April 2017 In Review
When the Stanley Cup Playoffs begin here in Canada and you’ve grown up playing the game, it’s sure hard to watch as many movies as I usually do in the course of thirty days let me tell you. For half the month I’m practically glued to the TV on a nightly basis for the exciting first round when 16 teams face off against each other but I persevered and still tried my best to keep things moving here at Mike’s Take so here’s a recap of old and new titles I managed to squeeze in between the opening round of hockey games. Hate to admit it but my team is out. Yours?
The Police Connection – Gritty fun with Chuck Connors and Neville Brand.
A five pack of Rutger Hauer Heroics. Check’em out.
Last Embrace – Roy Scheider meets Jonathan Demme
It’s not like this was my first time viewing and the truth is I love this film. Still, I hadn’t seen it as of late so when Number 1 son Ethan decided to put it on and share it with his special lady, I was in the kitchen preparing dinner and had plenty to do. I couldn’t help myself and watched up until Ray Liotta delivered the pistol whipping to end all such scenes of guns colliding with cheek bones. Enough! I had to get some work done but within 24 hours I put my copy back in the blu ray player and picked it up from that pistol scene onward. A real classic of the gangster genre and I’m pretty much assuming most readers here have seen it but if you haven’t, I don’t know what your waiting for. DeNiro, Liotta, Pesci, Sorvino and a host of other faces bring this Scorsese classic to life. “Do I amuse you?”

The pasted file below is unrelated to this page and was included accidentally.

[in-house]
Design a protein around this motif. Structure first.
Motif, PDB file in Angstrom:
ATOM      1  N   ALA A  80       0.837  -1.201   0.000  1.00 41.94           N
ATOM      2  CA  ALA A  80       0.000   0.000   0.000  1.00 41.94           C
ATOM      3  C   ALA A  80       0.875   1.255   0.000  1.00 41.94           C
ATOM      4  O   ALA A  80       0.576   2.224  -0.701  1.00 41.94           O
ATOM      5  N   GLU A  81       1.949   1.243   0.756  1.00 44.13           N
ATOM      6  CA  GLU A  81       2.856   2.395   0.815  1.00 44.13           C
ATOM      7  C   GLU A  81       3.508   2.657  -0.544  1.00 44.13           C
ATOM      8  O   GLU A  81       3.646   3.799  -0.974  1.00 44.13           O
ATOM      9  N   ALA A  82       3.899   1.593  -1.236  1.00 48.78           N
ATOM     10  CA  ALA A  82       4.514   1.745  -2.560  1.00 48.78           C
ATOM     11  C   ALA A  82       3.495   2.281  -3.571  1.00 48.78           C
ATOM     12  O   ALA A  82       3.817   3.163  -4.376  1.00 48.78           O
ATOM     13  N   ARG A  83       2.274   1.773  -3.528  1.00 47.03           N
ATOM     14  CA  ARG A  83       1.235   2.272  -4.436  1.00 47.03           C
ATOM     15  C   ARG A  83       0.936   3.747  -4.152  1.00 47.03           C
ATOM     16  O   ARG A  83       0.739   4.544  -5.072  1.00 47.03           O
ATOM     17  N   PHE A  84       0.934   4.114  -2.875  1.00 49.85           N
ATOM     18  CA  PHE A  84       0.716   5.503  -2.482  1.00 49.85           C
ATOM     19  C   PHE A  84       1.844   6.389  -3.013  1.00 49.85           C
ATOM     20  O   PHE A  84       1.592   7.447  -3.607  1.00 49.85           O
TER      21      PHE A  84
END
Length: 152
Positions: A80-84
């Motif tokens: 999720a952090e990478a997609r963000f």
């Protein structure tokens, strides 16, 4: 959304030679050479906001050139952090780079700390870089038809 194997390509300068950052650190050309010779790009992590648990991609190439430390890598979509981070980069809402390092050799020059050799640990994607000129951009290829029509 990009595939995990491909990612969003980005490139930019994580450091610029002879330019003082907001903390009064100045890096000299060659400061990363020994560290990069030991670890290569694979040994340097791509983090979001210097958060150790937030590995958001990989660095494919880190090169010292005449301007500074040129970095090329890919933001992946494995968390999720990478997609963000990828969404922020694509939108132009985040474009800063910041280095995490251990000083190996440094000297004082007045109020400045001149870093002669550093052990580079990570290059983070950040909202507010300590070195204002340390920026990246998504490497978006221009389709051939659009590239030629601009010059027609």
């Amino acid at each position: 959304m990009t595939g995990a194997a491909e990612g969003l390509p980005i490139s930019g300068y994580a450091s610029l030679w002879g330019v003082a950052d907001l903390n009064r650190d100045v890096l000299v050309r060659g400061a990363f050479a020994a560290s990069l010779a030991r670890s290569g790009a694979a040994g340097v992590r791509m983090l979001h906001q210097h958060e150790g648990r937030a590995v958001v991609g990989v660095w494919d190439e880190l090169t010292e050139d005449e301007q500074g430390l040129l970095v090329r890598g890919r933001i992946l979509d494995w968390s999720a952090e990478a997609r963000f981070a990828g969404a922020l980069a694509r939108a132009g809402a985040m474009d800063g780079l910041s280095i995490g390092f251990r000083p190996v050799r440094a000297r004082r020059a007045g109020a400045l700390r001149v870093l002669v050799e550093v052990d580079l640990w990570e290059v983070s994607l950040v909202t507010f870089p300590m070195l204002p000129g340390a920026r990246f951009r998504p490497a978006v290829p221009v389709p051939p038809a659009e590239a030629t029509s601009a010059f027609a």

Murph the Surf – Robert Conrad fans anyone?
Desire – When Dietrich meets Cooper, you know you’re watching the golden age of movies
A five pack of forgotten Action Titles – Seen any of them?
Empire State (2013)
Crazy but true story of some not so smart gangsters in Buffalo who pull off a major theft of cash which leads to Dwayne Johnson’s cop putting the pieces together which all lead to Liam Hemsworth pulling an inside job. Watchable flick and not the all out action flick one might assume due to the casting of Johnson. It’s got something going for it in the gangster category but it’s bent towards comical scenes left me wishing it had a Scorsese hand guiding it. Best performance in the film easily goes to Paul Ben-Victor as Hemsworth’s Dad trying to keep his son on the straight and narrow.
Johnny Guitar – Joan Crawford rides the range in cult fashion
The Purple Plain – Gregory Peck plays the hero once again.
Modern Times (1937)
It’s not everyday one gets to see a classic film on the big screen let alone with a full orchestra complimenting it. I couldn’t pass up the opportunity and turned it into a night for the whole family. Charlie Chaplin delivers the goods and had the audience in stitches. It’s amazing that there’s a full orchestra beneath the screen but you get so caught up in the film, you almost forget they’re there. That’s not a knock against them but a compliment to their work. I would encourage one and all to experience something similar if given the chance to see any silent film on screen accompanied by live musicians. Send yourself back in time for a night out at the movies.
Canadian Bacon – It’s the Maple Leaf conquering the good ole U.S. of A. in comedic fashion
Nightwatch – New to me thriller that I quite enjoyed with a cast to match.